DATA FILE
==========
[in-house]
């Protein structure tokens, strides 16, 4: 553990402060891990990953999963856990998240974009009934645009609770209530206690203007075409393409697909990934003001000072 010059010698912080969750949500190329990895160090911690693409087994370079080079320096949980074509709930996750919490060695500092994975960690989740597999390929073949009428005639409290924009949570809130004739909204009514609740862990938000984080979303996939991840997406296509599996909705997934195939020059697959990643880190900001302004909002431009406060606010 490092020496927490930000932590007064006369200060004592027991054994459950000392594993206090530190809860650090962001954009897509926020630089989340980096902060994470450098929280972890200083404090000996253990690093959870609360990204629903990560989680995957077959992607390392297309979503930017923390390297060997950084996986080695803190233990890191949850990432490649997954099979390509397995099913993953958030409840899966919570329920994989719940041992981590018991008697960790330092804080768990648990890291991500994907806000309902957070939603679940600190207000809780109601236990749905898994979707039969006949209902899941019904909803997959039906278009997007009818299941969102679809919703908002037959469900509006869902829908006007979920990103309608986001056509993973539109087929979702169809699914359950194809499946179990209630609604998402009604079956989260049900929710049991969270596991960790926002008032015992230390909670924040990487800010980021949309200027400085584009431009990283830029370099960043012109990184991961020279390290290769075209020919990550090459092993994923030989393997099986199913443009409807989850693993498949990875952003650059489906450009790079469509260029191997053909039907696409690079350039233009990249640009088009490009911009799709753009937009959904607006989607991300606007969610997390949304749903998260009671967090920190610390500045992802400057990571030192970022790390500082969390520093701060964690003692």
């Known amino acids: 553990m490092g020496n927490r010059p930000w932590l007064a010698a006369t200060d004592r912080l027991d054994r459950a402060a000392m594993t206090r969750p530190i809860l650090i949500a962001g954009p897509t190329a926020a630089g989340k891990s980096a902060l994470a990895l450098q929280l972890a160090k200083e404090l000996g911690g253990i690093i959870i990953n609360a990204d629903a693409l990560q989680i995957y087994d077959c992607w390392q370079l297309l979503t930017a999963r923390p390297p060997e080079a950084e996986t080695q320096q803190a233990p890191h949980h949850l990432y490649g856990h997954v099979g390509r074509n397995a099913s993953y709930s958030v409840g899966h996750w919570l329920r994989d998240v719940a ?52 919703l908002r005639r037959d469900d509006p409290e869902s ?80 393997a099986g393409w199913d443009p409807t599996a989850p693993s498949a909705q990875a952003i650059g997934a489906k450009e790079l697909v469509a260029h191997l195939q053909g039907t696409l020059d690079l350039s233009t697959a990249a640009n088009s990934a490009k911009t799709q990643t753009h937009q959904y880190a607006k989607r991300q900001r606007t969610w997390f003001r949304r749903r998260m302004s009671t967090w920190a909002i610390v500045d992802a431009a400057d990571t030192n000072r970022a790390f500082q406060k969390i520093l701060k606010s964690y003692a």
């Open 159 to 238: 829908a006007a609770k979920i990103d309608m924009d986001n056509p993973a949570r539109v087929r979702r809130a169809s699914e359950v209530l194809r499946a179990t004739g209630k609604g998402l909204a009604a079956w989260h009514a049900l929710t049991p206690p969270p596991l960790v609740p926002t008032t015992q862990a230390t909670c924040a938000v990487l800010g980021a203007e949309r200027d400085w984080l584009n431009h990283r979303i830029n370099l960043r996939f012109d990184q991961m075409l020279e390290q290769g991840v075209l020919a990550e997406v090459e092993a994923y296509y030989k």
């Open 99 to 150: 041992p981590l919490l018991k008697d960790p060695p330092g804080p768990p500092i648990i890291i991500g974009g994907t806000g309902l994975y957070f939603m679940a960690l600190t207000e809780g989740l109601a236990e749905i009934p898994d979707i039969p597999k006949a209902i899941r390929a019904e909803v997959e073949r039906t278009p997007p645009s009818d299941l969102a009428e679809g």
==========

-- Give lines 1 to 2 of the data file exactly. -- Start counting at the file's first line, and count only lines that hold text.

[in-house]
């Protein structure tokens, strides 16, 4: 553990402060891990990953999963856990998240974009009934645009609770209530206690203007075409393409697909990934003001000072 010059010698912080969750949500190329990895160090911690693409087994370079080079320096949980074509709930996750919490060695500092994975960690989740597999390929073949009428005639409290924009949570809130004739909204009514609740862990938000984080979303996939991840997406296509599996909705997934195939020059697959990643880190900001302004909002431009406060606010 490092020496927490930000932590007064006369200060004592027991054994459950000392594993206090530190809860650090962001954009897509926020630089989340980096902060994470450098929280972890200083404090000996253990690093959870609360990204629903990560989680995957077959992607390392297309979503930017923390390297060997950084996986080695803190233990890191949850990432490649997954099979390509397995099913993953958030409840899966919570329920994989719940041992981590018991008697960790330092804080768990648990890291991500994907806000309902957070939603679940600190207000809780109601236990749905898994979707039969006949209902899941019904909803997959039906278009997007009818299941969102679809919703908002037959469900509006869902829908006007979920990103309608986001056509993973539109087929979702169809699914359950194809499946179990209630609604998402009604079956989260049900929710049991969270596991960790926002008032015992230390909670924040990487800010980021949309200027400085584009431009990283830029370099960043012109990184991961020279390290290769075209020919990550090459092993994923030989393997099986199913443009409807989850693993498949990875952003650059489906450009790079469509260029191997053909039907696409690079350039233009990249640009088009490009911009799709753009937009959904607006989607991300606007969610997390949304749903998260009671967090920190610390500045992802400057990571030192970022790390500082969390520093701060964690003692």